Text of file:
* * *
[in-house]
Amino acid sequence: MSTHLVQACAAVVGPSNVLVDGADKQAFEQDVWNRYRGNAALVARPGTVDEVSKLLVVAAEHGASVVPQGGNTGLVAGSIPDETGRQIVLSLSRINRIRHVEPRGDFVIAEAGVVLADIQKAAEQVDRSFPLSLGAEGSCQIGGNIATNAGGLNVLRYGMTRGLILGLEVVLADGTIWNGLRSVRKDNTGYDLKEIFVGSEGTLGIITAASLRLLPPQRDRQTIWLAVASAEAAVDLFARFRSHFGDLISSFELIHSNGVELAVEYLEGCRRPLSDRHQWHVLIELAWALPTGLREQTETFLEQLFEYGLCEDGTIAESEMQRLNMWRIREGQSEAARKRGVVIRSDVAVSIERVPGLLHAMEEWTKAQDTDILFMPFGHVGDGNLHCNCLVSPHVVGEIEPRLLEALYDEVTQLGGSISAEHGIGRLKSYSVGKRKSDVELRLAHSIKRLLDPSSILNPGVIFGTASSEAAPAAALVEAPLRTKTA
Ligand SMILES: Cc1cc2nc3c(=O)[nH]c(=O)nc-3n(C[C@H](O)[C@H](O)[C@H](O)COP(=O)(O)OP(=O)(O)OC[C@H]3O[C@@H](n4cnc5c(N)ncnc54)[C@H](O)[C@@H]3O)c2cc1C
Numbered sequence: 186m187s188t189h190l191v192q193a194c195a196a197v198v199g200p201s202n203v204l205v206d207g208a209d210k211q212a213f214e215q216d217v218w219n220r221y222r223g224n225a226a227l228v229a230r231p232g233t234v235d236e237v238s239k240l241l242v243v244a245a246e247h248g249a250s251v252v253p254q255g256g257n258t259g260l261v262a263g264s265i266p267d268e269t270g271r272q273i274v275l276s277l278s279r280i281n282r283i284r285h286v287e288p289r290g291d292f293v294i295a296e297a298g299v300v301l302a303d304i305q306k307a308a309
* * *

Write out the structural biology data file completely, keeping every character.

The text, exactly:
[in-house]
Amino acid sequence: MSTHLVQACAAVVGPSNVLVDGADKQAFEQDVWNRYRGNAALVARPGTVDEVSKLLVVAAEHGASVVPQGGNTGLVAGSIPDETGRQIVLSLSRINRIRHVEPRGDFVIAEAGVVLADIQKAAEQVDRSFPLSLGAEGSCQIGGNIATNAGGLNVLRYGMTRGLILGLEVVLADGTIWNGLRSVRKDNTGYDLKEIFVGSEGTLGIITAASLRLLPPQRDRQTIWLAVASAEAAVDLFARFRSHFGDLISSFELIHSNGVELAVEYLEGCRRPLSDRHQWHVLIELAWALPTGLREQTETFLEQLFEYGLCEDGTIAESEMQRLNMWRIREGQSEAARKRGVVIRSDVAVSIERVPGLLHAMEEWTKAQDTDILFMPFGHVGDGNLHCNCLVSPHVVGEIEPRLLEALYDEVTQLGGSISAEHGIGRLKSYSVGKRKSDVELRLAHSIKRLLDPSSILNPGVIFGTASSEAAPAAALVEAPLRTKTA
Ligand SMILES: Cc1cc2nc3c(=O)[nH]c(=O)nc-3n(C[C@H](O)[C@H](O)[C@H](O)COP(=O)(O)OP(=O)(O)OC[C@H]3O[C@@H](n4cnc5c(N)ncnc54)[C@H](O)[C@@H]3O)c2cc1C
Numbered sequence: 186m187s188t189h190l191v192q193a194c195a196a197v198v199g200p201s202n203v204l205v206d207g208a209d210k211q212a213f214e215q216d217v218w219n220r221y222r223g224n225a226a227l228v229a230r231p232g233t234v235d236e237v238s239k240l241l242v243v244a245a246e247h248g249a250s251v252v253p254q255g256g257n258t259g260l261v262a263g264s265i266p267d268e269t270g271r272q273i274v275l276s277l278s279r280i281n282r283i284r285h286v287e288p289r290g291d292f293v294i295a296e297a298g299v300v301l302a303d304i305q306k307a308a309